Long-weekend violence: 11 officers injured, assaulted in Vancouver

A string of violent incidents over the weekend in Vancouver led to multiple officers being injured, local police said.

Eleven officers were reportedly hurt or assaulted over the Labour Day weekend, the Vancouver Police Department said in a news release Wednesday.

In one incident, an officer went to hospital Monday after being spat at in the face while trying to arrest a 21-year-old woman. The woman was a suspect in a stabbing and bike theft near Knight Street and East 54th Avenue. VPD said the officer went to be checked out "due to the risk of infectious diseases."

In another report, officers went to an apartment on Dundas Street after a woman called about her ex-boyfriend who allegedly threatened her, threw a rock through a window and hid in a bush nearby.

"The suspect, who was armed with a knife, tried to run from police, then resisted arrest," VPD's statement said. "As the officers struggled to control the violent suspect, the man’s brother tackled one of the officers and elbowed another in the head."

Both men were taken to jail.

"Policing is a tough job, and every day our front-line officers put their own safety at risk," said Sgt. Steve Addison in a news release. "Unfortunately, we continue to see officers getting hurt while trying to do their jobs and keep others out of harm's way."

On Sunday, police were called to a grocery store in Kitsilano. Officers were told a man was "acting violently and causing a disturbance." When they arrived, police said, there was a physical confrontation resulting in three officers being injured. One had blood spat on him, another had some cuts and the third is off work due to an ankle injury.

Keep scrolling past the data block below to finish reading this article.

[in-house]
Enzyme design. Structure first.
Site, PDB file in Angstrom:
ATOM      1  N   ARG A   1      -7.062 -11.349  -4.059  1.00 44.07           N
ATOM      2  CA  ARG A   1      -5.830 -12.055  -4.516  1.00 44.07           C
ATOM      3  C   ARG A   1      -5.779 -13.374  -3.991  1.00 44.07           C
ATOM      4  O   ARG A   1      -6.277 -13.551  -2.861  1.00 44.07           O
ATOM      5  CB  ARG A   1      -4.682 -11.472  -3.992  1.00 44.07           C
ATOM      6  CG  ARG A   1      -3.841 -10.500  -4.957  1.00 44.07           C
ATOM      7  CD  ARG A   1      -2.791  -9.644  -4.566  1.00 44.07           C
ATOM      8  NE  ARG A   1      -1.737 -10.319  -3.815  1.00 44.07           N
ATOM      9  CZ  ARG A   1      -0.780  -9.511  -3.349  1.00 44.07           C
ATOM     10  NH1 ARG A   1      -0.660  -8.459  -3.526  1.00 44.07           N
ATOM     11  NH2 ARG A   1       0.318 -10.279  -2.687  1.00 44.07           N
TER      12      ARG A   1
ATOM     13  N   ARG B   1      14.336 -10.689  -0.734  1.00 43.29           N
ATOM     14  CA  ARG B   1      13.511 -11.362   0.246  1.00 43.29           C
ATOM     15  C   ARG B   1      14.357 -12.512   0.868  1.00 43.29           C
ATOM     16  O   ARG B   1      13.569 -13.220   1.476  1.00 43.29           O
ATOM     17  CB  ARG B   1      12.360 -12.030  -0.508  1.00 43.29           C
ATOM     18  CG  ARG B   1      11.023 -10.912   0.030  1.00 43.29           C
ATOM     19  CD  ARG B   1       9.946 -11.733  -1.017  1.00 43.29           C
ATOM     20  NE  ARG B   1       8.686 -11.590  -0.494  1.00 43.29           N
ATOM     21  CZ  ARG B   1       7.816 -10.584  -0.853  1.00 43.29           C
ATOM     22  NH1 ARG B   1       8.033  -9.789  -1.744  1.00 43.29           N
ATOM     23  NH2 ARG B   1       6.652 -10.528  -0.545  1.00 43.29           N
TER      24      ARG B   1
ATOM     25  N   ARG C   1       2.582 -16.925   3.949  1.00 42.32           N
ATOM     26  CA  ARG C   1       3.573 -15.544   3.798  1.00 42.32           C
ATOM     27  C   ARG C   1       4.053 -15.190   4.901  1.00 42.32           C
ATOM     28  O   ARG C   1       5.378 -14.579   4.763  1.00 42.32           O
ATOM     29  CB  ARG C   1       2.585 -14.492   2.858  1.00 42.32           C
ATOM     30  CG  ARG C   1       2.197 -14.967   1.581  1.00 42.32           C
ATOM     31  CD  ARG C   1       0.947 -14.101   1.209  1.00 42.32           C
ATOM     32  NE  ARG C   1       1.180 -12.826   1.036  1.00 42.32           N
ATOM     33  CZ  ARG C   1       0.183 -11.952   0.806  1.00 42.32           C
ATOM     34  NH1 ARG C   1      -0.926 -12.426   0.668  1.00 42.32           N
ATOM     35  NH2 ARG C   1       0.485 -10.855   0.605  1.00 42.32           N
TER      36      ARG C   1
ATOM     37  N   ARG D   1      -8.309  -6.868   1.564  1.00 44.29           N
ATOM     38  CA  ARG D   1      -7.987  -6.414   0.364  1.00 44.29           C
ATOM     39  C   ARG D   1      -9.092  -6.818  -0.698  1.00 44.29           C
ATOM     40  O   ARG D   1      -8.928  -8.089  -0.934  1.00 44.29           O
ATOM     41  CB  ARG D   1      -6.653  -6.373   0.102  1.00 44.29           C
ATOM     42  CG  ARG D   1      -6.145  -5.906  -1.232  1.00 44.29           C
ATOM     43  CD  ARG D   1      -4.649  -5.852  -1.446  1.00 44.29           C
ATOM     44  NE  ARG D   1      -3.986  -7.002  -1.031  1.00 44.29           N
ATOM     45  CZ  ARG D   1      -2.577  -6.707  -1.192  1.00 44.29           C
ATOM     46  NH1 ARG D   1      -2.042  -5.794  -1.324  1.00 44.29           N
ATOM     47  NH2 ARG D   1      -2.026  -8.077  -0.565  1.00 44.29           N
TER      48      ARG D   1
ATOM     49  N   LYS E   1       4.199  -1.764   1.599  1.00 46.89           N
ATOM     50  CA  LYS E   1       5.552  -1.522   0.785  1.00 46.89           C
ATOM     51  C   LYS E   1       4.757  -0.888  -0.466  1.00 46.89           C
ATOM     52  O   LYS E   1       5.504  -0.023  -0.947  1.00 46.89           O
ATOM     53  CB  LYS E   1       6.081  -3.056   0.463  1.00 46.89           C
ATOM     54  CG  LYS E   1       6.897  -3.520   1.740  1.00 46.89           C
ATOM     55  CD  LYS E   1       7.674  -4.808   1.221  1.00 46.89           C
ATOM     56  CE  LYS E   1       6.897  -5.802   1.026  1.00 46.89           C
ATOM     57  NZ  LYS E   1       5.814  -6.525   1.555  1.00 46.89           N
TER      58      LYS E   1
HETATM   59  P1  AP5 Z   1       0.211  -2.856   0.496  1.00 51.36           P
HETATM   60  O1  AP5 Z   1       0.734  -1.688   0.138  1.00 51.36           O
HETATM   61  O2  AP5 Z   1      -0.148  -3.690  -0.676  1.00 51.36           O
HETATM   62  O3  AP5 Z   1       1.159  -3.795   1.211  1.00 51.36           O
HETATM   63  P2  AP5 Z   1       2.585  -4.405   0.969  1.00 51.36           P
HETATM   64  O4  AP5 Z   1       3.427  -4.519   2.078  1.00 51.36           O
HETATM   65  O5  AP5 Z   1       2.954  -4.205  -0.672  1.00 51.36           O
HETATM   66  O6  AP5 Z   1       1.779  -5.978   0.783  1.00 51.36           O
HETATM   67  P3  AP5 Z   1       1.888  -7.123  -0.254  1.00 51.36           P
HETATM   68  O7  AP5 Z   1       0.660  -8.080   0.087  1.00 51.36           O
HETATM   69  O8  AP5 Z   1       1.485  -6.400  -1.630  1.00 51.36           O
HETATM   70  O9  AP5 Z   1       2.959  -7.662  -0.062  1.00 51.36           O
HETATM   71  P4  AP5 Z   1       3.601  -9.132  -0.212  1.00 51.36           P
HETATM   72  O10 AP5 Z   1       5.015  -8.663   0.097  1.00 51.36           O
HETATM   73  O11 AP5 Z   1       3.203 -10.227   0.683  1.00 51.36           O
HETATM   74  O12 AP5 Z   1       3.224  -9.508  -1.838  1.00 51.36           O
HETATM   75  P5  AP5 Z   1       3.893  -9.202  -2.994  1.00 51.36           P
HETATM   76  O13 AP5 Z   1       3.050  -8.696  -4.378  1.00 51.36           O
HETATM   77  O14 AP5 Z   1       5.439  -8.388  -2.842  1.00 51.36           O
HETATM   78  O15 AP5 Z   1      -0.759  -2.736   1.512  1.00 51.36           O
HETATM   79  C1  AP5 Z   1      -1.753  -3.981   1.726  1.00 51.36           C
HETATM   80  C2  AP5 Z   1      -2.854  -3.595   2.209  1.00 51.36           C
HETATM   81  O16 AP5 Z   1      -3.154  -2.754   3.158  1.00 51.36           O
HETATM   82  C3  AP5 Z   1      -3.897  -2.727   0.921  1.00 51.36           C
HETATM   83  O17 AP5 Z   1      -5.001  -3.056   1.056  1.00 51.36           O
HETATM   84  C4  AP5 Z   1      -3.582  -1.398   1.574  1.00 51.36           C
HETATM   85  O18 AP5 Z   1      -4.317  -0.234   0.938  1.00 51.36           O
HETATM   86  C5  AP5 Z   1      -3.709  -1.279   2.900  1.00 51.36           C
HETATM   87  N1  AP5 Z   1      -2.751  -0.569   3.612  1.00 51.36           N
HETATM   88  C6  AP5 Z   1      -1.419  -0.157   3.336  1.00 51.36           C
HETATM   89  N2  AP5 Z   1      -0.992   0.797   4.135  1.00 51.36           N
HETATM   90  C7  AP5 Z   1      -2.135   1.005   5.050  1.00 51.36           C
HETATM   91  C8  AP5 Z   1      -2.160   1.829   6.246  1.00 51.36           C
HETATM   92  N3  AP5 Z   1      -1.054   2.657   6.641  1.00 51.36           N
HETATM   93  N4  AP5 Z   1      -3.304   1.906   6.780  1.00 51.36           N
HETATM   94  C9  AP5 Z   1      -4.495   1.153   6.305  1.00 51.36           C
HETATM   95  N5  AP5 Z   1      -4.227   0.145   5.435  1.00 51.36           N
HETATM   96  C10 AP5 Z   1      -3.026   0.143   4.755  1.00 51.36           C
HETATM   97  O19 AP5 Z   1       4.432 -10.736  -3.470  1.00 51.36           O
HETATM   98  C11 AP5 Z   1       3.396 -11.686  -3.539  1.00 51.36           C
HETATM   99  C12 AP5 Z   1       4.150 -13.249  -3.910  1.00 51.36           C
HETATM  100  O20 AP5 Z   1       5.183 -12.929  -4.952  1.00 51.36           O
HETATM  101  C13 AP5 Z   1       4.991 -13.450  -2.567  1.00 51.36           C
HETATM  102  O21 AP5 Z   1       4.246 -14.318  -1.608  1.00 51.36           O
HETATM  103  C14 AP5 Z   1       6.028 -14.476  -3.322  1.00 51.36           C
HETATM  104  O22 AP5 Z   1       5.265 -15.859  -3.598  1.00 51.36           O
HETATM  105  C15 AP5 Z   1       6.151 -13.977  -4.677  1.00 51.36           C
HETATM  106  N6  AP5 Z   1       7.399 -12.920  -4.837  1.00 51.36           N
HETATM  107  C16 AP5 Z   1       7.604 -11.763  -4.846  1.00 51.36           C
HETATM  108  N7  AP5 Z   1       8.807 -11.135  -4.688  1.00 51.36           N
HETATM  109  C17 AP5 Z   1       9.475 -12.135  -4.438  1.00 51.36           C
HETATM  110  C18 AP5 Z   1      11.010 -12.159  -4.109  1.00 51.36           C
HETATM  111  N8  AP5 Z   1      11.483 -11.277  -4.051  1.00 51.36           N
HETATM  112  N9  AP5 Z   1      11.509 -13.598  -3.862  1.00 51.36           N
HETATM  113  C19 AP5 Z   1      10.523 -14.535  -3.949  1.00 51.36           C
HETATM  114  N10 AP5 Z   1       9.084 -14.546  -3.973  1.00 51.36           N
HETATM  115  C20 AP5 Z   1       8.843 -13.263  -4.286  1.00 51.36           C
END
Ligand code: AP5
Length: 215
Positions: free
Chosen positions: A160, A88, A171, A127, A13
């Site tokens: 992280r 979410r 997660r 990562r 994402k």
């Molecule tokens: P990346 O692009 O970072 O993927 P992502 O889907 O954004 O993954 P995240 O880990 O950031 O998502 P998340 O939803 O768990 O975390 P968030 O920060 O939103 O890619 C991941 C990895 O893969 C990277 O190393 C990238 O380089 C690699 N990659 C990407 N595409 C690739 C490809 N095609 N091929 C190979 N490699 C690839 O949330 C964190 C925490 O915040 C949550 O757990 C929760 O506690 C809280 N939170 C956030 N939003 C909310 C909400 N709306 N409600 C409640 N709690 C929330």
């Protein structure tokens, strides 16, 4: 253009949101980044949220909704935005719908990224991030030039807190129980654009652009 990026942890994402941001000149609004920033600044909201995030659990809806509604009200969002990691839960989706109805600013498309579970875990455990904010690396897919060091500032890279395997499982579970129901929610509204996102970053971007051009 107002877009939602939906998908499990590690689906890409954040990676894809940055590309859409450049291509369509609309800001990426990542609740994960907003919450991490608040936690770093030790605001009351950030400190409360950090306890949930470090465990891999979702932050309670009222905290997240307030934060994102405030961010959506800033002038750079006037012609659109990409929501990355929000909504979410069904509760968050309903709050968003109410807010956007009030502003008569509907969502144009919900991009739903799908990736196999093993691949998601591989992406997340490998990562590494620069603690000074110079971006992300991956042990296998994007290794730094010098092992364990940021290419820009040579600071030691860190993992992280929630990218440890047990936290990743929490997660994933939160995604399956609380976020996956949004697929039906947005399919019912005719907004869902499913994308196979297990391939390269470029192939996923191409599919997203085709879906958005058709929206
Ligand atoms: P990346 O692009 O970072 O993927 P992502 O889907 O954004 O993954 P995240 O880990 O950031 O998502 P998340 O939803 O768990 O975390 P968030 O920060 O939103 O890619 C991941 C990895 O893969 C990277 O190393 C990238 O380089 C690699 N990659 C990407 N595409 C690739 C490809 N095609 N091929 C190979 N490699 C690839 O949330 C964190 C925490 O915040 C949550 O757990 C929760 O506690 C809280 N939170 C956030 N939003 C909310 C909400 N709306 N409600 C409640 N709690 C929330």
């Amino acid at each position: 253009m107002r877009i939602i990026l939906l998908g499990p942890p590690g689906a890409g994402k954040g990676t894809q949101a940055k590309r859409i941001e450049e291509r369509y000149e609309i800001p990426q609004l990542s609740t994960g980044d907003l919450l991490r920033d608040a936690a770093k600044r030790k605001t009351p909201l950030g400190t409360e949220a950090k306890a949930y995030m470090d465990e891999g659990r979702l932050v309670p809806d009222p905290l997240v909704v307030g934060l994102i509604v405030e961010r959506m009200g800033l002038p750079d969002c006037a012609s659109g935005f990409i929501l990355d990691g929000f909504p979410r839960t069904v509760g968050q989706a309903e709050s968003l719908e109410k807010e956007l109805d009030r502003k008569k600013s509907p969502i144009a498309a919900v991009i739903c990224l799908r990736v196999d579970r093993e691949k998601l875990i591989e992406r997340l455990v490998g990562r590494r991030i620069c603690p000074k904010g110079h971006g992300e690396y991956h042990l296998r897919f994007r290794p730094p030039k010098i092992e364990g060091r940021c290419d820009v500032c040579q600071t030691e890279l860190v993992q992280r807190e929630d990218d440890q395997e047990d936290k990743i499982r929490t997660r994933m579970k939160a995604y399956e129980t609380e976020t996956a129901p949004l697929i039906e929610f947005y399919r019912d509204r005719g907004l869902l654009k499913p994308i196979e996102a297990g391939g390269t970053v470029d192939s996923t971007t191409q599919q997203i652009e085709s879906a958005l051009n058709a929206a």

“The number of assaults against police officers in Vancouver and across the province has been on a steady incline,” said Ralph Kaisers, president of the Vancouver Police Union. “We’re obviously hoping that won’t continue, and at some point that cycle is going to stop.”

According to the VPD, 108 officers were assaulted in the city between January and July of this year. That marks a 64 per cent increase from 2018, the department said.

"There's a certain amount of violence and risk that we have to endure as we're responding to our calls and we accept that," Addison said during a news conference Wednesday morning.

"We're concerned by the level of anti-police sentiment and what we see is people feeling emboldened or entitled to take liberties."

In addition to ongoing public conversations around defunding the police, spurred by instances like the killing of George Floyd last year, Kaisers believes restrictions related to the COVID-19 pandemic are contributing to a disdain for law enforcement.

“People have been cooped up for 18 months," he said. "Maybe having an authority figure trying to enforce the law is seen as an opportunity for them to lash out.”